I'm no economist and can't make any predictions about future price with any kind of certainty (hey, it's crypto!), but one of the roadblocks to the next generation of Curecoin is getting universities to integrate certificate signing into their existing computational research projects. We're working on making sure this integration is as easy and faultless as possible, which should ease any University's resistance towards implementing Curecoin into their work. Value is certainly an odd concept in cryptocurrency, and no one is entirely sure where value for any coin truly comes from. Some of it comes from speculation, some from utility, some from blind diversification, some from market manipulation, and some seems to materialize out of thin air. The hope is that the utility of Curecoin will push it to a higher valuation--it will offer similar utility to existing cryptocurrencies, and will have a signing algorithm which is resistant to Quantum Computers, unlike Bitcoin/Litecoin/Peercoin/Dogecoin...etc's ECDSA. Additionally, it is a significantly cleaner alternative to traditional mining--all computational power pointed towards generating coins is doing valuable computational research, and the relationship with university research facilities will hopefully increase the public image and set it aside from the black-market-related image that most major cryptocurrencies have been unfortunately shaded with.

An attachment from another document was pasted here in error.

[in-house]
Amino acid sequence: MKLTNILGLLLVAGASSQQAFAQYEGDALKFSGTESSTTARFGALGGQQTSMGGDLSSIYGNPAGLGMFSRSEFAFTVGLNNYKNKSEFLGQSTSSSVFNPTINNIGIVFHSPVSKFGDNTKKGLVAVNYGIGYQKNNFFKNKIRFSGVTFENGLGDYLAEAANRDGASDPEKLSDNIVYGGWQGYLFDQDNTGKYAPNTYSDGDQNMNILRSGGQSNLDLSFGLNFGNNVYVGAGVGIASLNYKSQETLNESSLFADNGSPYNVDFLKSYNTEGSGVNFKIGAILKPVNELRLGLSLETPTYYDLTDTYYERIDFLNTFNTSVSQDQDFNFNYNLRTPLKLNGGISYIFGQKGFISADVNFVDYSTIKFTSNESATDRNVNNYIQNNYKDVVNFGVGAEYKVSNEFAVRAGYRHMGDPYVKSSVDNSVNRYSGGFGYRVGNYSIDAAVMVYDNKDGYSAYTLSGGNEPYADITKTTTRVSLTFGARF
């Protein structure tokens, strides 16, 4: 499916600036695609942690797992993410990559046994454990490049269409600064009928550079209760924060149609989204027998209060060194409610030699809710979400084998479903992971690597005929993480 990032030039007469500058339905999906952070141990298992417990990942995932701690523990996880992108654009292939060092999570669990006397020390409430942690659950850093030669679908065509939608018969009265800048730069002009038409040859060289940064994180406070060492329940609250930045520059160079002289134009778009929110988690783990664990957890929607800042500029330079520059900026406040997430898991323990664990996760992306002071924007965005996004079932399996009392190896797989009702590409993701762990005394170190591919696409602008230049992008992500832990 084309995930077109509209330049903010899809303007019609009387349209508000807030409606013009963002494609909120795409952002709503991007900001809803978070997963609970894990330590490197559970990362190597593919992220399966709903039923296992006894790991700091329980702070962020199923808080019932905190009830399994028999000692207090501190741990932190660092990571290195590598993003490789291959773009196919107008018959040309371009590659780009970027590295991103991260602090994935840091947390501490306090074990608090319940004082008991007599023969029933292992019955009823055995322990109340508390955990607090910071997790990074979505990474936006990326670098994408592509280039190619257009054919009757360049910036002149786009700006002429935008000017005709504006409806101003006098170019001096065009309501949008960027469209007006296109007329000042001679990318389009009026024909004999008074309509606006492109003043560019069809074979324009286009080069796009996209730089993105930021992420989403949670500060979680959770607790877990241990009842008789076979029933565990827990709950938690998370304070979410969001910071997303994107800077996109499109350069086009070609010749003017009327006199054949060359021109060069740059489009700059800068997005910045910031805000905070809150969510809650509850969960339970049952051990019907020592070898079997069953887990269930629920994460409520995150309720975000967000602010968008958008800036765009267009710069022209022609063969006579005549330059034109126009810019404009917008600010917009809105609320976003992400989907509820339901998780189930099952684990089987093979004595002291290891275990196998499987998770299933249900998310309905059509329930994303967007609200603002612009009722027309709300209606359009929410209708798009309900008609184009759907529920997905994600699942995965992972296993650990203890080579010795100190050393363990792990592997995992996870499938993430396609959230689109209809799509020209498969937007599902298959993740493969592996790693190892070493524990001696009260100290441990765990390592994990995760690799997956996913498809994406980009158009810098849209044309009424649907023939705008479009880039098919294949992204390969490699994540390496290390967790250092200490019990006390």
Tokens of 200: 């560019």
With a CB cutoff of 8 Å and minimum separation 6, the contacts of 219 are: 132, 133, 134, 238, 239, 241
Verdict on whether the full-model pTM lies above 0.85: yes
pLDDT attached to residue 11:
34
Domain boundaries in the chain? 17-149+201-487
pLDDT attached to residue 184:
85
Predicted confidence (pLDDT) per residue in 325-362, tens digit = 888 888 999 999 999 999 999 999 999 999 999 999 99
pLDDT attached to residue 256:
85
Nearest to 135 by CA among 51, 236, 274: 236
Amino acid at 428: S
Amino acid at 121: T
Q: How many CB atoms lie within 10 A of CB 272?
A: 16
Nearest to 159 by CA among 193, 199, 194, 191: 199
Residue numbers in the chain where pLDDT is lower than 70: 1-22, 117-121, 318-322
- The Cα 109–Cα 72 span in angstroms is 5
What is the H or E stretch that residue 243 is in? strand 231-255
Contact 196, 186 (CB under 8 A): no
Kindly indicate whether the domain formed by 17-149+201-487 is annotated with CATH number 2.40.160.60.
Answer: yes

In addition to programming, the team is working with media contacts to further Curecoin's media exposure, though this has proven to be a lengthy process.